How to use Data Streaming for Big Data

streaming big data analytics and streaming big data architecture and streaming big data processing in data center clouds, streaming big data with self-adjusting computation
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CecilGalot,United Kingdom,Teacher
Published Date:06-08-2017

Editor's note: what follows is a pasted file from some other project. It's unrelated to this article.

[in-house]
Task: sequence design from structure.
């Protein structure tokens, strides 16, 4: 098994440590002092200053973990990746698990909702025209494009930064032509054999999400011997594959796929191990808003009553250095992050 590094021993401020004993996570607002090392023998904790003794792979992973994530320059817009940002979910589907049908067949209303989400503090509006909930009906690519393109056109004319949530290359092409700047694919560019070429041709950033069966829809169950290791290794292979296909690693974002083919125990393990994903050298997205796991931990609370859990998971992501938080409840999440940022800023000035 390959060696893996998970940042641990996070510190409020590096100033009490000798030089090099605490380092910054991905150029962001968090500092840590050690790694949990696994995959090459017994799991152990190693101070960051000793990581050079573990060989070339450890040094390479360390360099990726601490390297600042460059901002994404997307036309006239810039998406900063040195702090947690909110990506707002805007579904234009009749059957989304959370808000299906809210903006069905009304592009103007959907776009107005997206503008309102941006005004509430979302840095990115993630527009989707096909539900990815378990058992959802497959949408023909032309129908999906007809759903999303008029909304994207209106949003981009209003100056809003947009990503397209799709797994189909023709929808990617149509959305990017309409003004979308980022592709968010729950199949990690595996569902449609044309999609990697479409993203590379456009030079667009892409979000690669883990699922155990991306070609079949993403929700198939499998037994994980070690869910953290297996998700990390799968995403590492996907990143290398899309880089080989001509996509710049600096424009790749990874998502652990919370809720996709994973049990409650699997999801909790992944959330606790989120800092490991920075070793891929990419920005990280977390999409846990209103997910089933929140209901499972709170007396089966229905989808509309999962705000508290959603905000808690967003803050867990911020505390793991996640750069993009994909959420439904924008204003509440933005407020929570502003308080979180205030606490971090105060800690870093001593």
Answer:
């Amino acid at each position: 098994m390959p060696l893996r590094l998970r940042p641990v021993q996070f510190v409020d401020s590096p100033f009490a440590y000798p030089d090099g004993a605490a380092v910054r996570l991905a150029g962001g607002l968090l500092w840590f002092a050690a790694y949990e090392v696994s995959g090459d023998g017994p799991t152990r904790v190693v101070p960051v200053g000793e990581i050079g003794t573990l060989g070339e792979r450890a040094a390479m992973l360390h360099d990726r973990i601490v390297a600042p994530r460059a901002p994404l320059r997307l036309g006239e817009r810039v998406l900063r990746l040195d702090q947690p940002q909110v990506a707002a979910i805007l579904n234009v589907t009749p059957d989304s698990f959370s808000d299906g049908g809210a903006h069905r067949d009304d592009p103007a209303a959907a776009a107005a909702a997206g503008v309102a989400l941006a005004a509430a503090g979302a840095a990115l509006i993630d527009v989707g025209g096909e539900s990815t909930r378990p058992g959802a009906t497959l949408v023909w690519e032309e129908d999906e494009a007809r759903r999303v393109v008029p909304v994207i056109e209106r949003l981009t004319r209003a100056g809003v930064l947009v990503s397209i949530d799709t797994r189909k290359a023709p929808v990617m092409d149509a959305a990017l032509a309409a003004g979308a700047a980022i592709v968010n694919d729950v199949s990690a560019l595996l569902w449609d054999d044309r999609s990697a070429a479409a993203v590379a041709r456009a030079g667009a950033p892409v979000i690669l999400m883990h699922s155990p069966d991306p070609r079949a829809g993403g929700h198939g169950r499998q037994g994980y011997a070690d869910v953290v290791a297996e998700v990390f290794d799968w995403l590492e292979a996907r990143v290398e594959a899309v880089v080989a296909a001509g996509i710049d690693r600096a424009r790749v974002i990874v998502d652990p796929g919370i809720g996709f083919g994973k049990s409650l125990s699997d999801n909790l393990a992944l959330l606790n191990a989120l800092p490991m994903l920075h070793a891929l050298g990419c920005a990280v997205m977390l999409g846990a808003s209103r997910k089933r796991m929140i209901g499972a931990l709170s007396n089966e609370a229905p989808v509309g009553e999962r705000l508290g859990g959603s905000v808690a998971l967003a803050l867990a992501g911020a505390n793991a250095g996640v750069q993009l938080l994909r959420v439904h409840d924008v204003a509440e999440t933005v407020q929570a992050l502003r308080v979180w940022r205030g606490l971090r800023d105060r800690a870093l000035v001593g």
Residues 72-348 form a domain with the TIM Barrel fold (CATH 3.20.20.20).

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Streaming Data In the previous chapter, we focused on a long-term processing job, which runs in a Hadoop cluster and leverages YARN or Hive. In this chapter, I would like to introduce you to what I call the 2014 way of processing the data: streaming data. Indeed, more and more data processing infrastructures are relying on streaming or logging architecture that ingest the data, make some transformation, and then transport the data to a data persistency layer. This chapter will focus on three key technologies: Kafka, Spark, and the ELK stack from Elastic. We will work on combining them to implement different kind of logging architecture that can be used depending on the needs. Streaming Architecture In this section, we’ll see how the streaming part of the architecture is structured and also what technology we can use for data ingestion. Architecture Diagram First, before going through the architecture details, let’s discuss the word streaming, which can be misunderstand in the context of that chapter. Indeed by streaming architecture, I mean here an architecture that is capable to ingest data as they come. Data can be generated by different providers, application log files such as Apache Hatted access logs, your REST API logs, from a message broker technology such as Apache Kafka, or even directly from a TCP endpoint. Generally, the data are ingested and then transported to a buffer layer most of the time based on a message broker. We call this part the shipping part of the logging architecture. The buffer part is often used to ensure that no data will be lost and decouple the architecture between the shipping part and the processing part. The message broker should be distributed and guarantees the persistence of data whenever data are streamed in the architecture. After buffering, two kind of processing architecture can be set up: • A processing pipeline that aims to transform, format, validate, and enrich the data before persisting it. Most of the time the technology that ensures that shipping handles this part. Some technologies also handle the shipping, buffering, and processing parts. • A processing pipeline that handles Hadoop-based technology that provides extra feature to the processing such as machine learning capabilities. 57 Chapter 4 ■ Streaming Data Figure 4-1 gives a graphical representation of what we just discussed. Figure 4-1. Anatomy of a typical data ingesting architecture Technologies Let’s put some names now to those high-level blocks. For the ingestion part, the most used technologies might be Apache flume and Logstash from Elastic. Those are the two preferred technologies to ingest stream data from multiple varieties of data sources, process them, and then index them. Flume architecture is scalable and relies on the three-tier structure shown in Figure 4-2. Figure 4-2. Flume architecture The flume source receives data from an external source and stores it in one or more flume channel. Once in the channel, the data stored and kept until the sink properly drains it. The sink writes the message in the target store. Most of the time flume is used in Hadoop architecture because of the simplicity to write in HDFS, for example. Flume is capable to guarantee data delivery from a bunch of data sources such as Avro, Thrift, Syslog, or another flume agent; to HDFS, Log files, Avro, or directly to HBase and even Elasticsearch. Its horizontal scalability ensures fault tolerance and high throughput. On the other side, Logstash is totally different from a structure point of view. Logstash is a single block agent that receives, forwards, and forgets the log. By forget, I don’t mean that Logstash doesn’t keep track of what it just consumed (a file, for example) but that it doesn’t come with a buffer layer that is used to persist the data in order to provide resiliency out of the box. Logstash is written in JRuby and run within a JVM. To prevent downsides of using a JVM for transporting logs, Logstash comes with Logstash-forwarder, which are specific agents used to receive and forward the logs to another program. The typical usage of Logstash relies on the architecture shown in Figure 4-3. 58 Chapter 4 ■ Streaming Daat Figure 4-3. Logstash logging platform typical architecture As we can see, the architecture is divided following the structure discussed earlier, with the following specificity: • The first part is composed of Logstash-forwarders installed next to the log sources, which only receives the data and send them to a Logstash instances group responsible of processing the logs before putting them into a message broker. • The second part is based on a message broker; the recommended ones are RabbitMQ, Kafka, and Redis. For the sake of simplicity and because it would take many pages to go through each and every possible combination, we’ll focused on Apache Kafka, which tends to have the best using traction these days. • The third part is based on the Logstash processors group, which can validate events before indexing them into Elasticsearch. In Logstash, a processing pipeline is a declarative configuration–oriented file, which is composed of inputs, filters, and outputs. 59 Chapter 4 ■ Streaming Data Logstash comes with a palette of inputs/outputs that lets you connect to a variety of data sources such as file, syslog, imp, tcp, xmpp, and more. The full list of supported inputs are available on the following pages: and Filters help processing and events by only configuring a filter depending on your need. For example, if you want to convert a field of the received event to an integer, all you have to write is what’s shown in Listing 4-1. Listing 4-1. Logstash filter example filter mutate convert = "fieldname" = "integer" We will examine in deeper detail an example of a processing pipeline that read logs and process them later in this chapter, but for now, here is the link to list of supported filters: You might have noticed in the diagram that the proposal here is to index the data in Elasticsearch once it has been processed. Logstash supports different type of stores and has a seamless integration with Elasticsearch. Elasticsearch will play the role of the indexation engine that we’ll use later on to make searches and analytics. The Anatomy of the Ingested Data In this part we’ll discuss the structure of the data we’ll to ingenst in the streaming platform. As mentioned, our goal is to leverage the activity of our website visitor. We’ll then focused on what we call clickstream data. Clickstream Data I don’t think I need to remind you about the key data that you can get from a website in terms of visitor activity. What we are about to describe here, clickstream data, is part of it. 60 Chapter 4 ■ Streaming Daat When you run a website, you will likely want to know how your visitors behave and how you can enhance their experience. Among the challenges for a website to grow are the following: • Site traffic • Unique visitor • Conversion rate • Pay per click traffic volume • Time on site • .... Having those KPI will help you answer questions including: how are my pages accessed? When? How long do my visitors stay on this or that page? Where do people prefer to spend time? How they exit? What is the typical page-to-page navigation? Being aware of what is happening on your website is fundamental and, hopefully, our architecture is made to generate data in logs files that will help us in this way. Typically, the clickstream data are based on the web access log, generated by servers such as Apache Server or NGINX. Depending on your logging configuration, every time a user accesses your website and navigates through pages, for each of these actions a line is written in the access logs. Figure 4-4 gives an idea of the dimension brought by a clickstream data line. Figure 4-4. Anatomy of a Clickstream data 61 Chapter 4 ■ Streaming Data The clickstream data will give directly or indirectly: • Dates such as the timestamp when the event occurred, the time spent by the visitor • The user agent used to browse the website, the version, and devices • The session attached to the visitor, which will help to make correlation between the different lines of data: the session start time, end time, duration • The page, what the visitor browsed, what the type of request was sent to the server, the domain/subdomain • Information about visitor IP addresses, which indirectly will give information about delocalization • Depending on the type of information we get, it can be feasible to identity and map the customers to the clickstream data The Raw Data In this book, we’ll work with Apache HTTP server and use the Apache logging configuration file to produce our Clickstream data. The configuration is quite simple and uses a specific syntax that makes appear in the log line information we need. Listing 4-2 is a typical access log line generate by Apache HTTP server. Listing 4-2. Access log line example - - 10/July/2015:11:1:11 +0100 "GET /path/to/my/resource HTTP/1.1" 200 4392 "" " Mozilla/5.0 (Macintosh; Intel Mac OS X 10_10_3) AppleWebKit/537.36 (KHTML, like Gecko) Chrome/43.0.2357.132 Safari/537.36" 1224 6793 This line has been produced by the Apache log configuration, described in Listing 4-3. Listing 4-3. Apache logging configuration LogLevel error ErrorLog /home/example/logs/error.log LogFormat "%h %l %u %t \"%r\" %s %b \"%Refereri\" \"%User-Agenti\" %I %O" combinedio CustomLog /home/example/logs/access.log combinedio The line in bold gives the structure of the generated log line: • (%h): IP address attached to the request • 10/July/2015:11:11:11 +0100 (%t): reception request time. The format is day/month/year:hour:minute:second zone • GET /path/to/my/resource HTTP/1.1 (\”%r\”): first line of the request, which contains useful information such as the request type, the path, the protocol • 200 (%s): the http return code • 4392 (%b): response size return to the client without HTTP headers in bytes • %Referer: the Referrer HTTP request header • %User-Agent: the User Agent HTTP request header • %I: bytes received including HTTP header • %O: bytes sent including headers 62 Chapter 4 ■ Streaming Daat As you can see, the data are structured by Apache in the different corresponding part but, at the end of the day, the application that will receive the logs will considered these data as unstructured, because parsing them by a third-party application is not that obvious. You then need a technology that can consume these line as they are appended to the access log file or just ship the file, and also that is capable of transforming these data into structured document for later analysis and search. That’s where Logstash comes into play; we’ll now set up our streaming architecture and start shipping and ingesting data. The Log Generator There might some public dataset that we would be able to use for testing our streaming architecture, but for the sake of simplicity, I’d rather implement a small log generator to create our access logs. I’ve chose Python for implementing that generator, as shown in Listing 4-4. Listing 4-4. Access log code generator /usr/bin/python import time import datetime import random timestr = time.strftime("%Y%m%d-%H%M%S") f = open('../source/access_log_'+timestr+'.log','w') ips with open('ips.txt') as ips_file: ips = referers with open('referers.txt') as referers_file: referers = resources with open('resources.txt') as resources_file: resources = user agents with open('user_agents.txt') as user_agents_file: useragents = codes with open('codes.txt') as codes_file: codes = requests with open('requests.txt') as requests_file: requests = event_time = datetime.datetime(2013,10,10) 63 Chapter 4 ■ Streaming Data for i in xrange(0,50000): increment = datetime.timedelta(seconds=random.randint(30,300)) event_time += increment uri = random.choice(resources) if uri.find("Store")0: uri += `random.randint(1000,1500)` ip = random.choice(ips) useragent = random.choice(useragents) referer = random.choice(referers) code = random.choice(codes) request= random.choice(requests) f.write('%s - - %s "%s %s HTTP/1.0" %s %s "%s" "%s"\n' % (random.choice(ips),event_time.strftime('%d/%b/%Y:%H:%M:%S %z'),request,uri,coe,random.randint (2000,5000),referer,useragent)) This generator relies on different text files and generates in the ../source/access_log_ as much as specified when you launch the script, like in Listing 4-5. Listing 4-5. Launching the generator ./ 50000 The previous line will generate 50,000 lines of access logs. You can easily customize the content, which is used to generate the file by updating the text fles. Note that all assets used in Listing 4-4 can be found on the following Github repo: Setting Up the Streaming Architecture To set up our streaming architecture, we’ll split the work into two parts: shipping and processing. Shipping the Logs in Apache Kafka Shipping data consist to transport them from the machine that generates the data to the one which will ingest it, and process it. This is what we will cover here with Logstash-forwarder. Then data will be stored into an asynchronous reliable persistent layer that will ensure message delivery. The message broker here is Apache Kafka. The Forwarders In the following section, we will first start by installing the forwarder, and configuring it, specifically the security part ensured by Lumberjack, the secured transport protocol. 64 Chapter 4 ■ Streaming Daat Installation Logstash-forwarder is written in Go and can be installed either by an RPM or directly from the sources. I’ll use the second way and follow these steps: • Install Go from this URL: • Fetch the source from the git repository: git clone git:// • And finally compile it: cd logstash-forwarder go build -o logstash-forwarder Logstash installation is straightforward. You just need to download the appropriate package on the following page: Lumberjack: The Secured Protocol Forwarder will be installed next to the data sources, and will transport and send the logs to the Logstash processors. This uses the lumberjack protocol, which is secured and requires a valid private key (.key file) and an SSL certificate (.crt file). Both Logstash forwarder and Logstash server will use these assets to secure the data transport. To generate a valid KEY and CRT file, run the command described in listing 4-6. Listing 4-6. Key and Certificate command line openssl req -x509 -batch -nodes -newkey rsa:2048 -keyout lumberjack.key -out lumberjack.crt -subj /CN=localhost This command will generate lumberjack.key and lumberjack.crt. An important thing to mention here is about the certificate. The subject used to generate the certificate should be the same that the one that will be used in the Logstash-forwarder file. Here we generate the certificate with a CN=local host, then in the forwarder file we’ll need to use localhost as well. More information about this can be found in this page: 65 Chapter 4 ■ Streaming Data The Configuration Files Logstash-forwarder configuration is composed of network and file subconfiguration; Listing 4-7 shows the configuration that I’m using for the example project. Listing 4-7. Logstash configuration file, which can be found: scalable-big-data-architecture/blob/master/chapter4/logstash/forwarder/forwarder.json "network": "servers": "HOST:PORT" , "ssl certificate": "path/to/the/crt/file", "ssl key": "path/to/the/key/file", "ssl ca": "path/to/the/crt/file", "timeout": 15 , "files": "paths": "path/to/the/log/files" , "fields": "type": "access_log" , "paths": "-" , "fields": "type": "stdin" Let’s explain just a little bit this configuration: • Network configuration basically uses an array of target downstream servers that will receive the log files. Each item in the servers array is a location to a server, ex: localhost: 5043 • Then the ssl entries point to the .key and .crt files that we have just generated earlier. • Last parameters is the timeout that defines the time that a Logstash-forwarder will wait for a downstream server to wait before assuming the connection is interrupted and then try to connect to another server from the server’s array. • The files entry is an array of the data that will be transported; in my example, I’m using: • An absolute path to directory that will contain the example log files used for this book. The field value set the event type. • A special path contained a “-“, which means that the Logstash-forward will forward the standard input content, in other words, whatever you type in the command line prompt. This is a good way to test the transport pipeline between Logstash-forward and Logstash server. 66 Chapter 4 ■ Streaming Daat There are more options to configure the files path such as using wildcards that are really practical for rotating log files. More information on the configuration can be found on the Logstash-forwarder Github repository: Logstash processing agent also needs a configuration file. It follows a direct structure as mentioned in this chapter. Listing 4-8 shows the one that I’m using for this book. Listing 4-8. Logstash processing pipeline example, which can be found as: bahaaldine/scalable-big-data-architecture/blob/master/chapter4/logstash/processor/ forwarder_to_kafka.conf input lumberjack port = "5043" ssl_certificate = "path/to/crt/file" ssl_key = "path/to/key/file" filter grok match = "message" = "%COMBINEDAPACHELOG" output stdout codec = rubydebug kafka topic_id = "clickstream" Three parts are present in this configuration file: • Input: contains the input stream that Logstash listens to, to receive the data. Here we listening on localhost:5043 to our Logstash-forwarder and, as mentioned, we are using the .key and .crt file. We also • Filter: takes each line contains in the received logs line and transforms them into a structure event. Here we are using grok filter, which is particularly useful when dealing with Apache HTTP server combined log. The grok combined log pattern is a composition of multiple grok pattern. It has the declaration described in Listing 4-9. 67 Chapter 4 ■ Streaming Data Listing 4-9. Grok Apache commong log & combined log pattern COMMONAPACHELOG %IPORHOST:clientip %USER:ident %USER:auth \%HTTPDATE:timestamp\ "(?:%WORD:verb %NOTSPACE:request(?: HTTP/%NUMBER:httpversion)?%DATA:rawrequest)" %NUMBER:response (?:%NUMBER:bytes-) COMBINEDAPACHELOG %COMMONAPACHELOG %QS:referrer %QS:agent The COMBINEDAPACHELOG pattern relies on two other patterns: COMMONAPACHELOG and QS patterns. Indeed, grok comes with a set of predefined patterns that can be reused and composed to create multilevel patterns. You can get more information on the grok filter on this page: plugins-filters-grok.html And more on the predefined patterns here: Output: connection to our Apache Kafka server to put the data there. We also used a stdout output with a ruby codec, which is really handy to debug the pipeline and see the structure of the event. The Message Broker Now we will configure our Apache Kafka cluster. To do so, we’ll create a cluster of two brokers that are exposing a clickstream topic. A topic is basically the channel on which the Logstash processor will publish each events. Then another program will subscribe to the topic and consume the message; in the case of our architecture this will be done either by Logstash or by Apache Spark. Downloading, installing, and configuring Apache Kafka is pretty straightforward and requires the following steps: • Start by downloading Kafka on the following page: • Extract and access the config folder under the installation directory to locate the file • We will duplicate that file and create two separate files for our cluster of two brokers. You should have and • Modify the properties, as Table 4-1 shows, within the two files so there won’t be any clashes between the two instances. Table 4-1. 1 2 port 9092 9093 log.dirs /tmp/kafka-logs-1 /tmp/kafka-logs-2 68 Chapter 4 ■ Streaming Daat The three properties respectively represent the broker identifier, the broker listening port, and the broker-logging directory. Both files can be found on the following repo: We are now ready to connect the dots and run the first part of our architecture to validate it. Running the Magic We’ll run each block of the shipping part from downstream to upstream; thus, we’ll start with Kafka. Kafka relies on Apache Zookeeper especially for managing the cluster of brokers; we’ll first launch it from the installation directory with the command shown in Listing 4-10. Listing 4-10. Zookeper start command bin/ config/ This will output a certain amount of log lines but you should have something that indicates that the Zookeeper server is running, as shown in Listing 4-11. Listing 4-11. Zookeper starting logs ... 2015-07-11 22:51:39,787 INFO Starting server (org.apache.zookeeper.server. ZooKeeperServerMain) ... 2015-07-11 22:51:39,865 INFO binding to port (org.apache.zookeeper.server.NIOServerCnxnFactory) ... Now we’ll start both brokers’ instance, with the commands shown in Listing 4-12. Listing 4-12. Kafka servers start commands bin/ path/to/ & bin/ path/to/ & You should get the lines of logs for the first broker as shown in Listing 4-13. Listing 4-13. First broker startup log lines 2015-07-11 22:59:36,934 INFO Kafka Server 1, started (kafka.server.KafkaServer) 2015-07-11 22:59:37,006 INFO New leader is 1 (kafka.server.ZookeeperLeaderElectorLeaderC hangeListener) Listing 4-14 shows the log lines for the second broker. Listing 4-14. Second broker startup log lines 2015-07-11 23:00:46,592 INFO Kafka Server 2, started (kafka.server.KafkaServer) 69 Chapter 4 ■ Streaming Data Listing 4-15 shows how to create a topic in our cluster. Listing 4-15. Kafka create topic command bin/ create zookeeper localhost:2181 replication-factor 3 partitions 1 topic clickstream Why is there a replication-factor of 2? Because our cluster will be able to tolerate up to one server failure without losing any data. To be sure that our shipping part messages are consumable downstream, we’ll run a test consumer as shown in Listing 4-16. Listing 4-16. Kafka test consumer command bin/ zookeeper localhost:2181 from-beginning –topic clickstream Now let’s run the Logstah processing agent, from the Logstash agent installation directory, as shown in Listing 4-17. Listing 4-17. Logstash processing agent start command /bin/logstash -f /path/to/forwarder_to_kafka.conf which should have the output shown in Listing 4-18. Listing 4-18. Logstash start logs Logstash startup completed Finally, the Logstash-forwarder is shown in Listing 4-19. Listing 4-19. Logstash-forwarder start command /Applications/logstash-forwarder/logstash-forwarder -config forwarder.json This should produce the output shown in Listing 4-20. Listing 4-20. Logstash-forwarder start logs 2015/07/12 00:00:29.085015 Connecting to ::1:5043 (localhost) 2015/07/12 00:00:29.246207 Connected to ::1 We are ready to generate an access log file and see the stream through our shipping pipeline, launch the script, and generate one line as shown in Listing 4-21. Listing 4-21. Log generator start command ./ 1 70 Chapter 4 ■ Streaming Daat Let’s check the log on the Logstash processor logs, as shown in Listing 4-22. Listing 4-22. Logstash processor logs "message" = " - - 10/Oct/2013:00:03:47 +0000 \"GET /products/product3 HTTP/1.0\" 401 3627 \"\" \"Mozilla/5.0 (Windows; U; MSIE 9.0; WIndows NT 9.0; en-US))\" ", "version" = "1", "timestamp" = "2015-07-11T22:19:19.879Z", "file" = "/Users/bahaaldine/Dropbox/apress/demo/chapter4/source/ access_log_20150712-001915.log", "host" = "MBPdeBaaaldine2", "offset" = "0", "type" = "access_log", "clientip" = "", "ident" = "-", "auth" = "-", "timestamp" = "10/Oct/2013:00:03:47 +0000", "verb" = "GET", "request" = "/products/product3", "httpversion" = "1.0", "response" = "401", "bytes" = "3627", "referrer" = "\"\"", "agent" = "\"Mozilla/5.0 (Windows; U; MSIE 9.0; WIndows NT 9.0; en-US))\"" As said earlier, the ruby codec from the stdout output is really practical to see the content of the streamed event. We can see in the previous log that the grok has done its job and parsed the log line and structured the event properly to the expected format. Now we should also be able to see the same message on the Kafka consumer side but in a JSON format, as shown in Listing 4-23. Listing 4-23. Kafka consumer log file "message": " - - 10\/Oct\/2013:00:03:47 +0000 \"GET \/products\/product3 HTTP\/1.0\" 401 3627 \"http:\/\/\" \"Mozilla\/5.0 (Windows; U; MSIE 9.0; WIndows NT 9.0; en-US))\" ", "version": "1", "timestamp": "2015-07-11T22:19:19.879Z", "file": "\/Users\/bahaaldine\/Dropbox\/apress\/demo\/chapter4\/source\/access_ log_20150712-001915.log", "host": "MBPdeBaaaldine2", "offset": "0", "type": "access_log", "clientip": "", "ident": "-", "auth": "-", "timestamp": "10\/Oct\/2013:00:03:47 +0000", "verb": "GET", 71 Chapter 4 ■ Streaming Data "request": "\/products\/product3", "httpversion": "1.0", "response": "401", "bytes": "3627", "referrer": "\"http:\/\/\"", "agent": "\"Mozilla\/5.0 (Windows; U; MSIE 9.0; WIndows NT 9.0; en-US))\"" So far so good; we are sure now that our shipping and processing pipeline works from end to end. Let’s now go on the draining side and index our data. Draining the Logs from Apache Kafka Draining consists of using a consumer agent, which connects on Kafka and consume the message in the topic. This work will be done again by Logstash but with a different configuration for the agent, as this last one, will index the data in Elasticsearch. Configuring Elasticsearch Before draining the data, we need to configure our endpoint, the Elasticsearch cluster. Installation Regardless of the method that we’ll use to index the data in Elasticsearch, from Logstash or from Spark, we’ll need to set up an Elasticsearch cluster. In this book we’ll simulate a real-life example and work on a single node cluster, but adding more Elasticsearch node takes a matter of seconds. Download and extract Elasticsearch from the following link: After extracting, you’ll need to install a plugin that will help us to have a better a better understanding of what’s happening in our Elasticsearch, Marvel. To do so, go in the Elasticsearch extracted folder and run the following command: bin/plugin -i elasticsearch/marvel/latest It’s worth mentioning here that the command may vary between the Marvel version used in this book and the latest release. For more information, please refer to the Marvel installation documentation here: This will install Marvel in couple of seconds. Then run Elasticsearch: bin/elasticsearch Browse the following URL to the Marvel console and go in the Shard Allocation from the top right menu: http://localhost:9200/_plugin/marvel, as shown in Figure 4-5. 72 Chapter 4 ■ Streaming Daat Figure 4-5. Accessing the Shard Allocation dashboard As you can see, Marvel is mentioning that there are two unassigned replicas in the cluster, which turn the overall status to Yellow. This is completely normal as long as we are running a single instance cluster. Elasticsearch won’t assign a replica shard to the same node where the primary shard is hosted; that wouldn’t make any sense. Remember that the replica shards provide resiliency to your cluster; in our case we would need to launch another instance of Elasticsearch but as we are in a test environment that would be too much. Let’s then change the cluster configuration by using Elasticsearch indices settings API, switch to Sense console from the right menu by clicking on Sense, you will land on the Sense console that help running API queries easily with autocompletion. 73 Chapter 4 ■ Streaming Data What we want to do here is to update the number of replicas for every shard in indeces created in our cluster to 0, and to turn the cluster state to green. Copy and paste the query in Listing 4-24 and click the run button. Listing 4-24. Indeces API to update the number of replica to 0 PUT /_settings "index" : "number_of_replicas" : 0 Sense will return an acknowledgement response as shown in Figure 4-6. Figure 4-6. Query result As you can see, the request is pretty simple to understand: it uses the settings API and send a PUT request with a body containing an index object to specify that each shard in index should have 0 replicas. If you go back now to the shard allocation view, you should have a green cluster state. Creating the Index Template We now will create a mapping for our data, and set the correct parameters for our index, document, and fields. In sense, issue the request described in Listing 4-25. Listing 4-25. Clickstream indeces template PUT _template/clickstream "template": "clickstream-", "settings": "number_of_shards": 1, "number_of_replicas": 0 , "mappings": "_default_": "dynamic_templates": 74 Chapter 4 ■ Streaming Daat "string_fields": "mapping": "index": "not_analyzed", "omit_norms": true, "type": "string" , "match_mapping_type": "string", "match": "" , "_all": "enabled": true , "properties": "response": "type": "integer", "bytes": "type": "integer" Here we are creating a template called clickstream that will be applied to every index created in Elasticsearch which name will math the clickstream- regex, we’ll see the reason for this later on in this chapter. It contains the main part: • The settings: we are defining here the number of shard and replica that we will need in our cluster for the clickstream indices. This is equivalent to what we have done earlier but now packaged in a template and apply to every new clickstream index. • The mappings: this defined our the data should be analyzed by Elasticsearch. Elasticsearch comes with a very important notion, called analyzer, which basically defined our fields should be interpreted and structure for search purpose. You can for example use a tokenizer and split your field content into multiple token. The analyzers concept is really rich and I would recommend that you read the following documentation for better understanding of what is happening here: analysis-analyzers.html • I’ve chosen to not analyze every string field by default so those will basically be searchable as they are. Then I’ve applied specific mapping to the response and bytes fields to tell Elasticsearch that these will be integers. Keep in mind that the mappings should be done before indexation; otherwise, you will have to reindex your entire data. Indexing the Data Directly with Logstash Now that Elasticsearch is configured and running, we can launch our Logstash indexer instance and drain Kafka. 75 Chapter 4 ■ Streaming Data The Configuration File To store the documents created by our clickstream logging architecture, we could create a single index and store everything in it. But as our site traffic grows, the amount of data will grow, so we should consider splitting our index based on time, which gives more sense here. Think, for example, that the more you are getting data, the more you have old data that might not be useful, which will likely be archive to leave more server resource to the fresher data. The good news is that it’s super easy and is done directly at the indexation level, in other words, by Logstash. Listing 4-26 is the configuration of our Logstash indexer. Listing 4-26. Logstash indexer configuration and can be found in scalable-big-data-architecture/blob/master/chapter4/logstash/indexer/kafka_to_elasticsearch.conf input kafka topic_id = "clickstream" filter output stdout codec = rubydebug elasticsearch index = "clickstream-%+YYYY.MM.dd" manage_template = false host = localhost protocol = http As you can see, the configuration is quite simple compared to the processing agent, and comes with a new output dedicated to index in Elasticsearch with the following settings: • index: is the index name that we want to index the data into; here the index is pattern and will generate a day based index name • manage_template: whether or not Logstash should manage the index template; As we have created one earlier this is not needed. • host and protocol: these are obvious and point to our Elasticsearch cluster Run and Index the Sata Let’s run our Logstash index and see what happen in Elasticsearch. Issue the command shown in Listing 4-27. Listing 4-27. Logstash indexer start command bin/logstash -f /path/to/kafka_to_elasticsearch.conf Generate a single event log file with the python script, and, like earlier, you should see the ruby debug codec outputting the event structure. Let’s focus on Elasticsearch and go into the Shard Allocation dashboard to see if our clickstream index has been created, as shown in Figure 4-7. 76